The Paul Hemmings Uketet
Gig Seeker Pro

The Paul Hemmings Uketet

New York City, New York, United States | INDIE

New York City, New York, United States | INDIE
Band Jazz Acoustic


This band has not uploaded any videos
This band has not uploaded any videos




Paul Hemmings is a talented guitarist who is as deft a distortionist as he is an outside tight-rope experimenter, offering an aural painting that is as bold as it is exciting. This is a successful album, not just for the coup of landing the famed avant-garde Danish saxophonist John Tchicai (a veteran of work with both John Coltrane and Archie Shepp) but for Hemmings compositional skills and the equally compelling aural/ artistic participation of the brilliant drummer, Adam Issadore, and the equally impressive electric and upright bassist, Gaku Takanashi. Combined with Hemmings outstanding guitar and mastery of the studio, this is a wholly exhilarating and expansive collection of eight brilliant original compositions. Benefiting from the drama that the musicians bring to the scores, it shifts from the rhythmic to the cacophonous sublimely.

The opening “Under A New Mexico Sky,” also reprised as the finale, is worth the price of admission, alone. Here Tchicai blows a gorgeous motif under which the trio swirls and dances, with Hemmings delivering an intense guitar passage, particularly in the reprise, that dazzles. On “Radio Free America,” following a radio dial scanning intro, replete with static, the assembled break into a tune that incorporates elements of Roswell Rudd with Mingus, with guitar and tenor working especially well off each other. On “The Battle New York City,” bass and drums set up a hard tenor blow under which distorted guitar blows as mightily. “A Conversation In Central Park” opens with a serene music scape that brings early morning to mind before giving way to the sunshine and greater activity. The timbre and mood throughout is adventurous and riveting. Exemplary disc. - Mark E. Gallo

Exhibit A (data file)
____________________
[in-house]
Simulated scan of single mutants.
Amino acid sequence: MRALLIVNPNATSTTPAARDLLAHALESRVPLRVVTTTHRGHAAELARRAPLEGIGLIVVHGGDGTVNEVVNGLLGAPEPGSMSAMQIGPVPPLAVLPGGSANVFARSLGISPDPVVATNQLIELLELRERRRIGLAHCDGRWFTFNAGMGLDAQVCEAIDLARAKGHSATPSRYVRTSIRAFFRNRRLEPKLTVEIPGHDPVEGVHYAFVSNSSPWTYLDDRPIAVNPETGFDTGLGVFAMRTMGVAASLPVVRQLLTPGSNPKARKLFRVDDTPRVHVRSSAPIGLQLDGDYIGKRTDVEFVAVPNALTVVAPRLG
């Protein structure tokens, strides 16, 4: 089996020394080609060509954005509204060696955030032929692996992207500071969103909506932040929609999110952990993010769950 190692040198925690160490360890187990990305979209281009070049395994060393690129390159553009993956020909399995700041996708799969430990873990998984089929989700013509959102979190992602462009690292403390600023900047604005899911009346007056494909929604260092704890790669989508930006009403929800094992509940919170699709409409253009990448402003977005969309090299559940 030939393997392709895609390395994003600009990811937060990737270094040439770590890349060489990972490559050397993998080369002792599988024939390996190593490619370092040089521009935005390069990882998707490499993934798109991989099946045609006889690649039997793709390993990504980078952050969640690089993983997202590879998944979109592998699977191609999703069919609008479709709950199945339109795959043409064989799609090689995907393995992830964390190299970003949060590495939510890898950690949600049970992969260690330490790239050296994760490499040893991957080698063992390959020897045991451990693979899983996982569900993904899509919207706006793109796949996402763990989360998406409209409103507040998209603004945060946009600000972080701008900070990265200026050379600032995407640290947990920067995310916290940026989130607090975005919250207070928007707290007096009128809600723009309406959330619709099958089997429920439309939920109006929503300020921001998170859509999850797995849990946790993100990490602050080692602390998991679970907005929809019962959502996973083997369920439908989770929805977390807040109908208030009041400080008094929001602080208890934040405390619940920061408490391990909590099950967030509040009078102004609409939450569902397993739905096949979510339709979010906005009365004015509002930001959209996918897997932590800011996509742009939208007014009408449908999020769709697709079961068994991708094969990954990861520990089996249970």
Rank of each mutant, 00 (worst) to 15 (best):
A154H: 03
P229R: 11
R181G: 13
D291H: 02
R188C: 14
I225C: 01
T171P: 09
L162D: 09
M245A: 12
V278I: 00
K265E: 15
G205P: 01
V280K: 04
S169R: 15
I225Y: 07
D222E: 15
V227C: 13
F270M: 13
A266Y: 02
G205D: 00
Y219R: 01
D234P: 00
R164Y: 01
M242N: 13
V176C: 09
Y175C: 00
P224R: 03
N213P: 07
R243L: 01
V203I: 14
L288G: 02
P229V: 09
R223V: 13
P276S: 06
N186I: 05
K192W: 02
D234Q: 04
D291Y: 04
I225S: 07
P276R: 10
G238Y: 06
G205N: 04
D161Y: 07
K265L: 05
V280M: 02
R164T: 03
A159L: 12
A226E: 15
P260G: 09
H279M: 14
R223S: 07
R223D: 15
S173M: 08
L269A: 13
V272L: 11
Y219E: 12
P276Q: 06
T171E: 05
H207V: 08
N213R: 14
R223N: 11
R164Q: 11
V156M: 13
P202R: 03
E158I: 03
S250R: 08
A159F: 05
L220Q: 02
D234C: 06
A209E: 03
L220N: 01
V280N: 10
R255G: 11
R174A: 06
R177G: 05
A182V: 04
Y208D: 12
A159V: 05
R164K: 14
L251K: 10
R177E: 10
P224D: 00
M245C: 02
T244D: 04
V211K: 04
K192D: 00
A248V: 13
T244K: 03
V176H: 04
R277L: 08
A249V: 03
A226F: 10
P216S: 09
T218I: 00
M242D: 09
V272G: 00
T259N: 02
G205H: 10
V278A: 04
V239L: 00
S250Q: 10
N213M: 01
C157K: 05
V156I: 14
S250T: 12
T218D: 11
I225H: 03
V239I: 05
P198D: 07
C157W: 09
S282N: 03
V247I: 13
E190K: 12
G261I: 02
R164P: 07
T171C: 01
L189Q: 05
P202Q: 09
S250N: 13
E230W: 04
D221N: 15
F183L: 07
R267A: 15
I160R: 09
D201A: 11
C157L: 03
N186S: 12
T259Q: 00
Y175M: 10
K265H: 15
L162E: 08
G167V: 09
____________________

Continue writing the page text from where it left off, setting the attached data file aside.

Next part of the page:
"All About Jazz, Los Angeles"

"Student meets teacher on a bravely original outing from John Tchicai and his former pupil Paul Hemmings. Heavily amplified and clearly inspired by indie rock, Hemmings' recording is part Zu and part Bitches Brew. And while such a combination may not play to the hearts or ears of the jazz standard, Letter From America's contents are delightfully creative adventures. The harsh and jagged 'Radio Free America,' with its radio tuning static, is in stark contrast to Hemmings' melodic opening 'Under A New Mexico Sky,' a selection that wouldn't be out of place in Bill
Frisell's catalog. But that is just how Hemmings seems to roll. Seagulls
introduce 'Venice Beach Boardwalk,' a showcase for drummer Adam Issadore, who puts some Beach Blanket Bingo into his intro solo. The remainder is Tchicai going tropical, doing his best Sonny Rollinsesque calypso. The jaunty, upbeat 'Ous Ous' is a propulsive joy from beginning to end. It is difficult to remember Tchicai playing this impassioned in years. An extended 'Code (R)ed' gives Hemmings and Tchicai ample room to tweak and scrutinize with deliberate pace. The new generation's Frisell, Hemmings' mixture of cultures, influences, and genres exploring the edges of harmony and rhythm is remarkably fresh and a complete success. Like another forward thinker, Ken Vandermark, Hemmings is pushing the boundaries of convention and structure, seducing jazz's modern temper and molding his very own profound form and style in the process. Letter From America is certain to be one of the year's best albums.